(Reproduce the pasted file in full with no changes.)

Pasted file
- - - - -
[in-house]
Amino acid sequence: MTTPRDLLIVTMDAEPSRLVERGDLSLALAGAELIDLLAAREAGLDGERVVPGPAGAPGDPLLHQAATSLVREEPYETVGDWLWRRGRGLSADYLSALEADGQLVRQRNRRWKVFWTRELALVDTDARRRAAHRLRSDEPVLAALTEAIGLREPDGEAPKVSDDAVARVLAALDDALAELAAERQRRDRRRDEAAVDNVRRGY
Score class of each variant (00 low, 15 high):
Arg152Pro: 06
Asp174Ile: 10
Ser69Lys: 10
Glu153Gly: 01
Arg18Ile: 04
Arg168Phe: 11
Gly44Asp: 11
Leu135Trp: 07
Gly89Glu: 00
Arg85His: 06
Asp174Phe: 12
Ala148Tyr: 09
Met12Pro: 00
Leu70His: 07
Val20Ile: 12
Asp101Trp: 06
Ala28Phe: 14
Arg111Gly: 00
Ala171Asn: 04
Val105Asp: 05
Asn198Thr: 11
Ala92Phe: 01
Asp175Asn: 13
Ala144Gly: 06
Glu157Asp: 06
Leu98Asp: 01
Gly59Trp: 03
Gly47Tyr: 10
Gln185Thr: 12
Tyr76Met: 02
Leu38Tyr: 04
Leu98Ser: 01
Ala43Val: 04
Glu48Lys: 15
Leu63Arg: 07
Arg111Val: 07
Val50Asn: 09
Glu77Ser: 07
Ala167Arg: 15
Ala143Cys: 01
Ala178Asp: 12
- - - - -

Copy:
[in-house]
Amino acid sequence: MTTPRDLLIVTMDAEPSRLVERGDLSLALAGAELIDLLAAREAGLDGERVVPGPAGAPGDPLLHQAATSLVREEPYETVGDWLWRRGRGLSADYLSALEADGQLVRQRNRRWKVFWTRELALVDTDARRRAAHRLRSDEPVLAALTEAIGLREPDGEAPKVSDDAVARVLAALDDALAELAAERQRRDRRRDEAAVDNVRRGY
Score class of each variant (00 low, 15 high):
Arg152Pro: 06
Asp174Ile: 10
Ser69Lys: 10
Glu153Gly: 01
Arg18Ile: 04
Arg168Phe: 11
Gly44Asp: 11
Leu135Trp: 07
Gly89Glu: 00
Arg85His: 06
Asp174Phe: 12
Ala148Tyr: 09
Met12Pro: 00
Leu70His: 07
Val20Ile: 12
Asp101Trp: 06
Ala28Phe: 14
Arg111Gly: 00
Ala171Asn: 04
Val105Asp: 05
Asn198Thr: 11
Ala92Phe: 01
Asp175Asn: 13
Ala144Gly: 06
Glu157Asp: 06
Leu98Asp: 01
Gly59Trp: 03
Gly47Tyr: 10
Gln185Thr: 12
Tyr76Met: 02
Leu38Tyr: 04
Leu98Ser: 01
Ala43Val: 04
Glu48Lys: 15
Leu63Arg: 07
Arg111Val: 07
Val50Asn: 09
Glu77Ser: 07
Ala167Arg: 15
Ala143Cys: 01
Ala178Asp: 12